29 April 1536 – A Sulk and an Argument

Posted By on April 29, 2014

Anne BoleynOn 29th April 1536, Queen Anne Boleyn had two encounters which would be twisted and used as evidence against her.

The first involved musician Mark Smeaton. According to Mrs Stonor, one of the ladies chosen to attend Anne Boleyn during her imprisonment in the Tower, Anne said of Smeaton:

“I never spake with him since, but upon Saturday before May-day [29th April], and then I found him standing in the round window in my chamber of presence; and I asked why he was so sad? And he answered and said it was no matter. And then I said, You may not look to have me speak to you as I should do to a noble man, because ye be an inferior person. No, no, said he, a look sufficeth me; and thus fare you well.”1

Anne’s account suggests that Smeaton had a crush on her, but that she put him in his place by pointing out his lowly status. John Strype, the 18th century historian, wondered if it was Anne’s reaction to him which made Smeaton want to “take this opportunity to humble her; and revenge himself”.2 Whatever the truth of the matter, Smeaton was apprehended the next day and confessed to sleeping with the Queen on three occasions.

Also on 29th April Anne Boleyn argued with Sir Henry Norris, her husband’s Groom of the Stool. Anne asked Norris why he was taking so long to marry Madge Shelton, her cousin, and when he gave her a non-committal answer she rebuked him, saying, “You look for dead men’s shoes, for if aught came to the King but good, you would look to have me”, thus accusing Norris of delaying his marriage to Madge because he fancied her. A horrified Norris replied that “if he [should have any such thought] he would his head were off.”3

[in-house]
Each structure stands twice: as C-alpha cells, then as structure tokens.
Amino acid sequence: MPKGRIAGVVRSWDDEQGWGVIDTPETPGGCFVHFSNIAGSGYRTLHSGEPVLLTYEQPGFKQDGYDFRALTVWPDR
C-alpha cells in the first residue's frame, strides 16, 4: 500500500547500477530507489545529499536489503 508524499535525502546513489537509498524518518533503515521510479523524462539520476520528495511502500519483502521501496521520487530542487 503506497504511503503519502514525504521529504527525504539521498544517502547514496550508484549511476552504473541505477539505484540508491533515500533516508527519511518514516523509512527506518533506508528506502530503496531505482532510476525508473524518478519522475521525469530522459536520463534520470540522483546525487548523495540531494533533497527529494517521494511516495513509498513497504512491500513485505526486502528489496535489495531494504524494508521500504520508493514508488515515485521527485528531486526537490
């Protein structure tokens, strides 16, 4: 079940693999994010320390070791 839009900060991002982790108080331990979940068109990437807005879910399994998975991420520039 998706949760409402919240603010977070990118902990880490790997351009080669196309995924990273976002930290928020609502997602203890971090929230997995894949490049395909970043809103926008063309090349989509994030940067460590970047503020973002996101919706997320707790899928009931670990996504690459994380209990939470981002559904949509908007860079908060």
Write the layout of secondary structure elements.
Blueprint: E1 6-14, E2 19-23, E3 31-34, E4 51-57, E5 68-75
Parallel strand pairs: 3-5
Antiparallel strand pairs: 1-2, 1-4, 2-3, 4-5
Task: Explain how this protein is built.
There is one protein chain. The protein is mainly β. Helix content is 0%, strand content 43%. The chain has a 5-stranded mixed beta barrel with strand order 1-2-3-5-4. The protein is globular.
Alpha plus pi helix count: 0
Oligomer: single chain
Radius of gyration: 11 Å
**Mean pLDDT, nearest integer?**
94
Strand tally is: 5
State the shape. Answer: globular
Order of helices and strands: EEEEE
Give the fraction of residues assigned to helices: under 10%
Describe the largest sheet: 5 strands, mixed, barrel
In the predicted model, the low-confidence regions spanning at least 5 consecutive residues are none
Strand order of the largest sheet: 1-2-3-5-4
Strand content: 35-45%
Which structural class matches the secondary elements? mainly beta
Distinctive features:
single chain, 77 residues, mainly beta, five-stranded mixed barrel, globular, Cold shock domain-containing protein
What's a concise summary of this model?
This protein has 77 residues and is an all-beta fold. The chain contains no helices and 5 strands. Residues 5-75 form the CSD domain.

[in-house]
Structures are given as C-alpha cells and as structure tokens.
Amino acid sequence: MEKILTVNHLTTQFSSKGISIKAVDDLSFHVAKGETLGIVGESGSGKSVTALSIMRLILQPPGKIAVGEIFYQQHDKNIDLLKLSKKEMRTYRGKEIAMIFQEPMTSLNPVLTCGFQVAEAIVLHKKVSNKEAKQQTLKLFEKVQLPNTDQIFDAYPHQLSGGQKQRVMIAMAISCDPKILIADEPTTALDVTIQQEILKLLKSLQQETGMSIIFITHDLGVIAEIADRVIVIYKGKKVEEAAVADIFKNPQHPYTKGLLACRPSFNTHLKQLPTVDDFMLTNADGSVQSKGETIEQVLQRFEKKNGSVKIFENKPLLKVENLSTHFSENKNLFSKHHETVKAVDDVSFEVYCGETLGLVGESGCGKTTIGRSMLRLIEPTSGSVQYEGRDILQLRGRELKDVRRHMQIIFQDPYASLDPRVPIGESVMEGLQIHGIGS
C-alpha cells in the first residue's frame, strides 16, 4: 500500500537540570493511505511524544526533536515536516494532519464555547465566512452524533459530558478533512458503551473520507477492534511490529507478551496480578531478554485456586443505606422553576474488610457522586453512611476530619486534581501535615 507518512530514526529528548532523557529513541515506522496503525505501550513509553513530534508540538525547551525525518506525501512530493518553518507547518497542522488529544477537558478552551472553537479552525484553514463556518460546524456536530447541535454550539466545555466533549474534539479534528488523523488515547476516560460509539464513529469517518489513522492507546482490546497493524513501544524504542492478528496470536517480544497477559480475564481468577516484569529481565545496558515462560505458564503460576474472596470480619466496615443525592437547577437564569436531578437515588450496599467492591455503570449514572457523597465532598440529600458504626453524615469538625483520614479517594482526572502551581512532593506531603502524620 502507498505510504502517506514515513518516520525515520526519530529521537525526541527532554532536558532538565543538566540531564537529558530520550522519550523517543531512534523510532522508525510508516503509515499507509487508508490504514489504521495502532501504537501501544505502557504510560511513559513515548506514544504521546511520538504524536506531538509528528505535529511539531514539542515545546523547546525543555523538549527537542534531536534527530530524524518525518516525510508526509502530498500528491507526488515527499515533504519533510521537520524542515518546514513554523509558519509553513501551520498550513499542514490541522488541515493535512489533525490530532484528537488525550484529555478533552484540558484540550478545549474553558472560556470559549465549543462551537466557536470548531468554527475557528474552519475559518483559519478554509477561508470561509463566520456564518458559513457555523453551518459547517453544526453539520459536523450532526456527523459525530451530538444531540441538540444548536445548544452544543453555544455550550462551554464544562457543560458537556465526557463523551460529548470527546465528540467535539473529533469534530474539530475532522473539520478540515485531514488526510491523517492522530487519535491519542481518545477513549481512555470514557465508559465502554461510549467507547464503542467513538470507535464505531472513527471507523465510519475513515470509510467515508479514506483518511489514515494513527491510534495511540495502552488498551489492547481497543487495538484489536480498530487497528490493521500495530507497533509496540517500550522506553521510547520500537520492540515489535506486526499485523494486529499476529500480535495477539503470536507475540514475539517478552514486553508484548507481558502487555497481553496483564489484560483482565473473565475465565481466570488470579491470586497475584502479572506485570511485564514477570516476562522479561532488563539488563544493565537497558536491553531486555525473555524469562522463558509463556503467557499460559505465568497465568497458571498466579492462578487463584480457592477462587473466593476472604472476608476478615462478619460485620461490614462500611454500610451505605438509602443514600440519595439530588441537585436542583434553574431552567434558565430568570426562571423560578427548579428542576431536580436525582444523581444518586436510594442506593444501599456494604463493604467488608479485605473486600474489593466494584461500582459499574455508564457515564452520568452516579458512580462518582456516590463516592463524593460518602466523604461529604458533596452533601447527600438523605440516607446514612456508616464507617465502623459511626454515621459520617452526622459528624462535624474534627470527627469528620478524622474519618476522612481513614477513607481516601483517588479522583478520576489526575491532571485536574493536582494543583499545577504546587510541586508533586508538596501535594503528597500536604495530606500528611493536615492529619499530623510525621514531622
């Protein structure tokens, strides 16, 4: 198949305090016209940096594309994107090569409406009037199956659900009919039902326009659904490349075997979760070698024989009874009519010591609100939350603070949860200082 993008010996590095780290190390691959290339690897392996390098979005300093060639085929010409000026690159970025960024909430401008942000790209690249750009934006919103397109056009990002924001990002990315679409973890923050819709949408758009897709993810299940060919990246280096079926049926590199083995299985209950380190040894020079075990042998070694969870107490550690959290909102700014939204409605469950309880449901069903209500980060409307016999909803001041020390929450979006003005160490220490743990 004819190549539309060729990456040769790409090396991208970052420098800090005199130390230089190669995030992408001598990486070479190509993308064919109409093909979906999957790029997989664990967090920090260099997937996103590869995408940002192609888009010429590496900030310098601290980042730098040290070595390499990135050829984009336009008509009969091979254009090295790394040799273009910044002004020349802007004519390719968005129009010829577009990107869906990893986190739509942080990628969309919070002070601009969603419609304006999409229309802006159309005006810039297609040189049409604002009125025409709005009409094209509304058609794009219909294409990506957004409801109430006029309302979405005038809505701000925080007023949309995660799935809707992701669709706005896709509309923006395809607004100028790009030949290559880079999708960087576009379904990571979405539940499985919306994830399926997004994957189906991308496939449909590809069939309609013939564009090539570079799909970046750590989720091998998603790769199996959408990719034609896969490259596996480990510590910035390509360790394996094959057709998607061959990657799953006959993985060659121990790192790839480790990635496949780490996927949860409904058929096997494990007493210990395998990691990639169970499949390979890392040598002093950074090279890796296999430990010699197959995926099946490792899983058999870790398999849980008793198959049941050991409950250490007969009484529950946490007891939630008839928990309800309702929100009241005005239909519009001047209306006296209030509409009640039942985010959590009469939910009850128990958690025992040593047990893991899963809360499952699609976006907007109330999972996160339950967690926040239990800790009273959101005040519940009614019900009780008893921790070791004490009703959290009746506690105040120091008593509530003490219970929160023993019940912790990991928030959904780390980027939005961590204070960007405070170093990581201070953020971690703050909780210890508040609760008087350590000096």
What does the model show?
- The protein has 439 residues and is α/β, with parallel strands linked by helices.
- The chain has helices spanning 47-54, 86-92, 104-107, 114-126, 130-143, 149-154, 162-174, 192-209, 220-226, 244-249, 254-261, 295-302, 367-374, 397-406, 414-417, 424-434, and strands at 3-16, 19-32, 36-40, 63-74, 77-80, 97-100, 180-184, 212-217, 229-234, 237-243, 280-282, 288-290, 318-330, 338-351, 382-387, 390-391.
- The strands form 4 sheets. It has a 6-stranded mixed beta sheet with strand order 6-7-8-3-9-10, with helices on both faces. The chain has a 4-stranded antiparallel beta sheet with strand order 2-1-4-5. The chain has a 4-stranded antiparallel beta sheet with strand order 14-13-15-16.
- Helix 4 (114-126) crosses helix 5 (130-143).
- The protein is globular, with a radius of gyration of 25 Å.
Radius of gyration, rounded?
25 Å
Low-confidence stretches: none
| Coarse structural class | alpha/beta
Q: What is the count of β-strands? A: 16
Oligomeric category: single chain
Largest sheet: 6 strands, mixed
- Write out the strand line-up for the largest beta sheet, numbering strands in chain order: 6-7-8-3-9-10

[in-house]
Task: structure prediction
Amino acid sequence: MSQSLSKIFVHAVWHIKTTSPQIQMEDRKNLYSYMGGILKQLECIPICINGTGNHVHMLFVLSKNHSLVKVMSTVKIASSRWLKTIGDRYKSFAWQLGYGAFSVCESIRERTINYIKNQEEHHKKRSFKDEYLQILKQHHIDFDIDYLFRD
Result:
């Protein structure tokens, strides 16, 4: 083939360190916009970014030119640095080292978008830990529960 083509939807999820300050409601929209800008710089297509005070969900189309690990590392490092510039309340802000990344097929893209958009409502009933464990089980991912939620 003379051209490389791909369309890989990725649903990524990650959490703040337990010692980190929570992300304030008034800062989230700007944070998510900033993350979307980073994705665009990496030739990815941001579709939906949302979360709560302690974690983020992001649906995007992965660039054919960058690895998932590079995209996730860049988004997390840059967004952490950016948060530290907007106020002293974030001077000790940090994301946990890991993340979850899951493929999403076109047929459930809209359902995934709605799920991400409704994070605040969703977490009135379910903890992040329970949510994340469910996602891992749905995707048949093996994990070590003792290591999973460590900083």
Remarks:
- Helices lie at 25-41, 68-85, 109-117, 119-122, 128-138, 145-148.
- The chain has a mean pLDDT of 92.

Anne’s anger had caused her to speak recklessly. Not only had she said something very inappropriate for a married woman, let alone Queen; she had also spoken of the King’s death. The courtier was meant to proposition the lady; however, in this argument Anne could be seen as the ‘aggressor’. Norris was so horrified. Anne, realising what she had said, ordered him to go to her almoner and swear an oath about her character. 

While Anne may have spoken recklessly, she was reprimanding Norris for his interest in her and could not be seen to be encouraging him in any way. And this conversation could certainly not be seen as evidence that she was conspiring with Norris to kill the king. The date of this conversation is not listed in the indictments of the Kent and Middlesex grand juries so it was not used against Anne and Norris.

Notes and Sources

  1. Cavendish, George (1825) The Life of Cardinal Wolsey, Volume 2, p37
  2. Strype, John (1816) Ecclesiastical Memorials Relating Chiefly to Religion, and the Reformation of It, and the Emergencies of the Church of England, Under King Henry VIII, King Edward VI, and Queen Mary I, Volume I, 436.
  3. LP x. 793
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